You may experience anxiety regarding your acceptance in, or ability to adapt socially and academically to, your new culture. As a person of a minority cultural, racial or ethnic group, you may be concerned about facing potential racial bias and prejudice without the comfort of your usual support system. On the other hand, you may be looking forward to being part of the majority population for the first time in your life. Or, you may be planning a self-discovery sojourn to the country or region of your family's heritage. Whatever reasons you have for studying abroad, you will find that confronting and coping with your adjustment abroad, as painful as it may be at times, can be a positive growth experience. It may not always be fun but, in fact, it can present a unique learning opportunity that will serve you well in the future.
Encountering a new culture will enable you to tap into social and intellectual capabilities you may have never experienced before and force you to discover what you have taken for granted about yourself as an individual and a member of a particular ethnic or racial group. Understanding another culture will enhance your self-awareness, lead to personal growth, and help you develop a greater acceptance of, and compassion for, cultural differences. You may not always admire or endorse the conditions abroad, but it is guaranteed that you will better understand the U.S. upon your return.
Below are some tips to help you consider study abroad, prepare for your journey, deal with situations abroad, and incorporate your experience into your everyday life after you return.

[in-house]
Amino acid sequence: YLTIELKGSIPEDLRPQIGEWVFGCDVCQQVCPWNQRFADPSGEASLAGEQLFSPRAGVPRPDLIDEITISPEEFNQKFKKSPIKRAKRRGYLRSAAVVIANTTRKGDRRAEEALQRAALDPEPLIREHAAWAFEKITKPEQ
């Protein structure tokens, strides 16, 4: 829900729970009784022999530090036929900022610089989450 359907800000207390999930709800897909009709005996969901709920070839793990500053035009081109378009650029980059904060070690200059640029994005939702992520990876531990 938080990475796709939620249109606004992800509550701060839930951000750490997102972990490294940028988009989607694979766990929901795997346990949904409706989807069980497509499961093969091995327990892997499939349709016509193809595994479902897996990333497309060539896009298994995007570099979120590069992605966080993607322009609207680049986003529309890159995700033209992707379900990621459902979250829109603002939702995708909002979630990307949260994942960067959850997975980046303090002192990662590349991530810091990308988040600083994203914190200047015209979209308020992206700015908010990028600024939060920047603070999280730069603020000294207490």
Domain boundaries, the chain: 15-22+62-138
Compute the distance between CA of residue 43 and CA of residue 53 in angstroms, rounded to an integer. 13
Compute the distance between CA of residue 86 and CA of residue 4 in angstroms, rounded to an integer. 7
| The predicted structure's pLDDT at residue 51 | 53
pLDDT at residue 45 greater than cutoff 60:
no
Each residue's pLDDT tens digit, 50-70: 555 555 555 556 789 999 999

When you consider potential destinations, make an informed choice that takes into consideration all facets of a culture, including possible racism. Research the political, cultural and historical context of the country where you will be studying to find information on the racial climate, and be prepared for what you may face. Be aware of possible discrimination and racial prejudices that exist in your host culture. Just as the situation may be uncomfortable in the U.S., certain situations may arise abroad that you should be aware of, and able to overcome. Methods of overcoming discrimination abroad can be similar to the methods you use at home. Although these assets may not be at your direct disposal, finding new support groups and adjusting to a new comfort zone are things ALL participants face in study abroad. You can prevent tension by researching the host culture PRIOR to departure.
Understanding cross-cultural differences, including those that may be offensive, are an integral part of the entire study abroad “experience” for all students. There are various methods that may assist your immersion into a new culture, and should be recognized as assets to help maintain comfort and security abroad:
There are also various coping methods you can use to deal with issues while abroad:
For additional information visit the Access International website: http://www.ucis.pitt.edu/aie/students/
Adapted from http://studyabroad.msu.edu/people/studentsofcolor/index.html and Sanders, Christa E. Voicing Concern about Discrimination Abroad: The History and Experience of Voices of Change in Working with US Students in Spain. SAFETI On-Line Newsletter: vol. 1, no. 2, Spring-Summer 2000.
Return to Section 2 Menu